Have you ever imagined the Web without hyperlinks? That would be unthinkable, wouldn’t it? This guide on hyperlinks is essential to any businessperson. Guide on hyperlinks because adding reference links in your presentations or reports or white paper is an excellent way of promoting understanding. It is also a great way to provide legitimacy to any report or presentation.
In this guide on hyperlinks, you will learn almost everything you need to know about how to create hyperlink in different environments or documents.
Hyperlinks – also known as hyperlink computing, a hyperlink, or a link – are those clickable links that establish excellent connections between one page and another or one slide and another, link to external sites, and so much more.
A hyperlink is a particular, unidirectional reference to data that you can follow by tapping or clicking on an external website or webpage, an entire document, or a specific element within a document. A Guide on hyperlinks is a text with hyperlinks. And the text that it is linked to is known as ‘anchor text.’
Hypertext is the text which contains links to other texts, and they are not necessarily linear texts linked to other texts through hyperlinks. The term ‘hypertext’ was created verbally by Ted Nelson, an American philosopher.
The most widespread hypertext system today is the World Wide Web or the Web. And on the Web, hyperlinks are generally implemented via the use of markup language HTML in order to link to web pages and other resources.
A hyperlink connects websites; it enables site operators to bring internet users to their content online. It also links to recommended subpages or sources with further information.
But Guide on hyperlinks are not limited to the internet. Hypothetically, you can insert hyperlinks into any electronic document, including email messages, presentations, texts, and even tables that you have created using Microsoft Office.
The document that contains a hyperlink is referred to as its source document. For instance, in an online reference work such as Google, many terms and words in the text are hyperlinked to definitions of those terms. Hyperlinks Guide on hyperlinks are also used in order to implement reference mechanisms like footnotes, tables of content, glossaries, bibliographies, indexes, and letters.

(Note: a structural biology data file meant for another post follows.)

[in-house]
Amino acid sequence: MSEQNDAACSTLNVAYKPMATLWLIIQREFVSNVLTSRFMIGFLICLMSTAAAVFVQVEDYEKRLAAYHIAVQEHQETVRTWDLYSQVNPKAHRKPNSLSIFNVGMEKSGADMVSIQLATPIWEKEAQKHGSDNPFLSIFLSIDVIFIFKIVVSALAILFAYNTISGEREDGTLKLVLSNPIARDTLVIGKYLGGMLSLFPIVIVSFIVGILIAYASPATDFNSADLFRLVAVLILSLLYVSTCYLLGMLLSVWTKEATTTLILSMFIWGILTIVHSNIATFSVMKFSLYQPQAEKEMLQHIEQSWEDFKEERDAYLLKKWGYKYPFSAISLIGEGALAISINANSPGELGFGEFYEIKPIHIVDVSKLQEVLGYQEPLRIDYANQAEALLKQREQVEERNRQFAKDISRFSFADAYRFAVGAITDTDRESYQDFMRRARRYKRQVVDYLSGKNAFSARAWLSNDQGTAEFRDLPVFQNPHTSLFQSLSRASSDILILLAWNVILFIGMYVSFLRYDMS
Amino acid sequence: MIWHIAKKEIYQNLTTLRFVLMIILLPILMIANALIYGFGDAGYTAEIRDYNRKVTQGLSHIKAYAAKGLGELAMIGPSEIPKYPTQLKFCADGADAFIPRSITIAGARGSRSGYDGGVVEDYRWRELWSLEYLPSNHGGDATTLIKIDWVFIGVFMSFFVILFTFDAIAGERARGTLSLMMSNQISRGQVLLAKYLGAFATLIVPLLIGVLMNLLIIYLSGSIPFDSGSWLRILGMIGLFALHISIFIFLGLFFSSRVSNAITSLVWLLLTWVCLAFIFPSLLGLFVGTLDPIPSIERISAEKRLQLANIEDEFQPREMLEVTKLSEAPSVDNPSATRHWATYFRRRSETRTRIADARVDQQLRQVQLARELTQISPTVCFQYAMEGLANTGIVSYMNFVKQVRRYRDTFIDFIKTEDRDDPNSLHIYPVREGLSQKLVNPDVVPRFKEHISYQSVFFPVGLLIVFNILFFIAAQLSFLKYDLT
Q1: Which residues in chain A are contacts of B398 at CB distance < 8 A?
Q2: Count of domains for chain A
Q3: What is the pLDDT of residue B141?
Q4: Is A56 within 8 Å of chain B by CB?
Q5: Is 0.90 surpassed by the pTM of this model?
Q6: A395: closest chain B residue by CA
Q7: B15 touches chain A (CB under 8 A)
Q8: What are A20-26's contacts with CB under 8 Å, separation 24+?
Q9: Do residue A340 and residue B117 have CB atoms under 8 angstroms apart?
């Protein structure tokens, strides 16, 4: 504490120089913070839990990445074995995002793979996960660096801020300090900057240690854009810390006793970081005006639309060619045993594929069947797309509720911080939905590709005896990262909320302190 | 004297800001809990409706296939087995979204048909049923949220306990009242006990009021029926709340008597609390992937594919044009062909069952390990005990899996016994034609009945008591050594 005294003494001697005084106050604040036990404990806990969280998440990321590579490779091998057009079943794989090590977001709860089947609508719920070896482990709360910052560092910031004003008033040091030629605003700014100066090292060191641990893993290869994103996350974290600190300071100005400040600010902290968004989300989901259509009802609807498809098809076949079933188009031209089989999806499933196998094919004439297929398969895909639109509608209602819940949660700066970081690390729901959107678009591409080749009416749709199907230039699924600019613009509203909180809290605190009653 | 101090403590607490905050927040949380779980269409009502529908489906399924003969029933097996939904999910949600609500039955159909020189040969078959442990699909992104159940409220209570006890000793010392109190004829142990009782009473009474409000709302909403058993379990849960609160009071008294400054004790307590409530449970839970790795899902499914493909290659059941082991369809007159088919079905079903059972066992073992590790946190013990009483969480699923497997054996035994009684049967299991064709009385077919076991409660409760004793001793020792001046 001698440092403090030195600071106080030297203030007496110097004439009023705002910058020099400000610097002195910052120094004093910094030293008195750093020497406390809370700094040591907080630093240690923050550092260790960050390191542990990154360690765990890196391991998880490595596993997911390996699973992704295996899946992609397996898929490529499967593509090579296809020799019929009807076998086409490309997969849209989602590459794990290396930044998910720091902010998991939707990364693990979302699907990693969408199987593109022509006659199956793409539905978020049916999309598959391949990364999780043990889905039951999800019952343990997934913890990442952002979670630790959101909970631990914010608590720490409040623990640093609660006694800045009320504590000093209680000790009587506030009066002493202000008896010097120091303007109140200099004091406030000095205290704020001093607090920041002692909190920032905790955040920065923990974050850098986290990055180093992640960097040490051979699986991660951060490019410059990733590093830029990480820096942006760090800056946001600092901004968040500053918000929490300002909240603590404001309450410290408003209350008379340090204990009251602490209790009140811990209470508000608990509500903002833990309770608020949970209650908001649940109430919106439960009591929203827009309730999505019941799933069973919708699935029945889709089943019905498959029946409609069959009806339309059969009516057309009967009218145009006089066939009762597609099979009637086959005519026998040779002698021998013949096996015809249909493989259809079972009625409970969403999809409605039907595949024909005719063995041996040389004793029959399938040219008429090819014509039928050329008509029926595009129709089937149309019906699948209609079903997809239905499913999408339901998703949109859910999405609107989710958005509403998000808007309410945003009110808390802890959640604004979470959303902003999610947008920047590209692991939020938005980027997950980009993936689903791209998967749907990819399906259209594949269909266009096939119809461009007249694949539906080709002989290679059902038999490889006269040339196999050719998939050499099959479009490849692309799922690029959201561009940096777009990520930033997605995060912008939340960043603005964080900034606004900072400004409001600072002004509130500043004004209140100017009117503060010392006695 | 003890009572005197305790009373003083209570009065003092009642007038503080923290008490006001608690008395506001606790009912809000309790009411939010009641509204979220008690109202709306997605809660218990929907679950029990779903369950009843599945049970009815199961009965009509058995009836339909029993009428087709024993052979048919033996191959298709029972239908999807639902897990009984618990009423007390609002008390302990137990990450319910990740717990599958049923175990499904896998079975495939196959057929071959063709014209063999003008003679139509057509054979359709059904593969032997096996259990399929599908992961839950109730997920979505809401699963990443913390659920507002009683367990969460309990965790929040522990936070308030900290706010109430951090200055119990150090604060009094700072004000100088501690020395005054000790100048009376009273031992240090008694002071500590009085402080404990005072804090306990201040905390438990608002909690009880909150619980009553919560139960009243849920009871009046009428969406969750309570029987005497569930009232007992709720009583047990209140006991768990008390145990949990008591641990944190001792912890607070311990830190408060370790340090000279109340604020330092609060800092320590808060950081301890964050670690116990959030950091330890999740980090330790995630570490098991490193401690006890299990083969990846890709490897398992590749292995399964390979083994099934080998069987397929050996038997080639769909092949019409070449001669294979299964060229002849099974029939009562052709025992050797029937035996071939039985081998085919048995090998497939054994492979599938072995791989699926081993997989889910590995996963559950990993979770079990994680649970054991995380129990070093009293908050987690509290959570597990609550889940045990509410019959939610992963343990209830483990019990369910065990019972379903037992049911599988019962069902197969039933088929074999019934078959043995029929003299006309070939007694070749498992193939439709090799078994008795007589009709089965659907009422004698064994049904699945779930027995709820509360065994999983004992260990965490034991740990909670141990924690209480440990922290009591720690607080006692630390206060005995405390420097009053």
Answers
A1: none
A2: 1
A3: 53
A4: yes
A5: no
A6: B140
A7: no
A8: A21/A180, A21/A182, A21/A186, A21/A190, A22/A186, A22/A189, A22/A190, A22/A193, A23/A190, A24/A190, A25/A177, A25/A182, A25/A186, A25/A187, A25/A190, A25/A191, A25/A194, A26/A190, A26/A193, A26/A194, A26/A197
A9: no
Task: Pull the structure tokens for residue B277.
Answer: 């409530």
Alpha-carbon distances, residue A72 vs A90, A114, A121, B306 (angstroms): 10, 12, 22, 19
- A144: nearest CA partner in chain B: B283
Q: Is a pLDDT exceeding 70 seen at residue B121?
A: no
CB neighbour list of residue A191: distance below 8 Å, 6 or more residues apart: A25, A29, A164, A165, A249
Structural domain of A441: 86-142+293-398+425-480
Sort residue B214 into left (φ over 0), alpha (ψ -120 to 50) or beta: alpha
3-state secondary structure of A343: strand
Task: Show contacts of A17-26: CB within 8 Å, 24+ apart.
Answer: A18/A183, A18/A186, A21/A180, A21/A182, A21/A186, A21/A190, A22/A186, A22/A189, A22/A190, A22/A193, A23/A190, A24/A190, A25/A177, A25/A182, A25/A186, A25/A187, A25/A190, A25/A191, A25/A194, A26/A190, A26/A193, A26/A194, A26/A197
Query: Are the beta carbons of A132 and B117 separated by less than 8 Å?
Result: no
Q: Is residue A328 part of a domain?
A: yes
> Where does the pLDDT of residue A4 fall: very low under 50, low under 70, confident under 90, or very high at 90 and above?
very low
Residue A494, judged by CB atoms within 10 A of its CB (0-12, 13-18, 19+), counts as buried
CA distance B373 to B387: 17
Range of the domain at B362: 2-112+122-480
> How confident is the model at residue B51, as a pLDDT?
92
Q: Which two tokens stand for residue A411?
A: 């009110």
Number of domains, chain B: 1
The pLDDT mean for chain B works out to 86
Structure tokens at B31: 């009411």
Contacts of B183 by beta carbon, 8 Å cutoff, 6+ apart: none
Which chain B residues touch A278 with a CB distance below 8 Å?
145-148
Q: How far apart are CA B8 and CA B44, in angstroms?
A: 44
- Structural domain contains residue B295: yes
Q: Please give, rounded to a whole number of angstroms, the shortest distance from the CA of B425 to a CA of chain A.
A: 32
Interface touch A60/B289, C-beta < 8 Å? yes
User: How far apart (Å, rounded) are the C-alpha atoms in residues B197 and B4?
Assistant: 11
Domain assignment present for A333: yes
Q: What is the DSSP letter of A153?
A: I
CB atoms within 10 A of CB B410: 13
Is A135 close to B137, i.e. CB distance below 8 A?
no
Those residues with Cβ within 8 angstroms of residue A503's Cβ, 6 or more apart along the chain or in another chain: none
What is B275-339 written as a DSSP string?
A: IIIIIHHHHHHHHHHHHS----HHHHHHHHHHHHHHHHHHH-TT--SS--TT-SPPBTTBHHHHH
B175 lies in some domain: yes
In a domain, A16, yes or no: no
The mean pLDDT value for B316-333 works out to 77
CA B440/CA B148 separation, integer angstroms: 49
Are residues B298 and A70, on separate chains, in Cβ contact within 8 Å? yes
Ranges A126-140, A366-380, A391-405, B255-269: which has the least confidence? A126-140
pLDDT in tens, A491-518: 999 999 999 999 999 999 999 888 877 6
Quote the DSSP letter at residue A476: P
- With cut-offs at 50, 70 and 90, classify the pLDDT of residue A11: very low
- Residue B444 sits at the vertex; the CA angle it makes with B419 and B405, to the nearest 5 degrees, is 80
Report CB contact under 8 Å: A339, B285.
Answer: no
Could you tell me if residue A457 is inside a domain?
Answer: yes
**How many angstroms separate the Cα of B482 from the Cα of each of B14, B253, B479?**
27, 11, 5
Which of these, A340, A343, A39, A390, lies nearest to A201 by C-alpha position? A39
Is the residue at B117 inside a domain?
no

Hyperlinks can be bidirectional in some hypertext, i.e. they can be followed in two directions. This makes both ends to act as anchors or targets. More complex hyperlink arrangements exist, including many-to-many links, etc.
The effects of the following hyperlinks vary with the hypertext system. And sometimes, it may also depend on the link itself. For example, most Guides on hyperlinks on the World Wide Web cause the target document to replace the document that is displayed quickly.
However, some hyperlinks are marked to cause that target document to open in a new tab – or sometimes, a new window. Another possibility is known as transclusion; here, the link target is a document fragment that easily replaces the link anchor in the source document.
It is not only the individual browsing that document that will follow Guide on hyperlinks. The hyperlinks will also be followed automatically by several programs. Programs that traverse the hypertext follow each hyperlink and even gather all retrieved documents are known as crawlers or Web spiders.
Read on to find out how to create hyperlink as well as the options available for integrating links.
Hyperlinks with distinct functions are used to link website pages. Internet users have established different types of links over the years, and this is now common. There are mainly two types of hyperlinks: internal hyperlinks and external hyperlinks.
Internal hyperlinks refer to links between a domain’s subpages. External links, on the other hand, connect different domains
Human users primarily use internal and external hyperlinks to navigate sites. The crucial benefit of hyperlinks, within the context of SEO (search engine optimization), emerged when Google bots were created. Search engine crawlers also use hyperlinks to develop sites and also evaluate connections to other sites.
And for a long time, hyperlinks became the major criteria for a site’s rating. This is a fact that made the links critical for search engine rankings.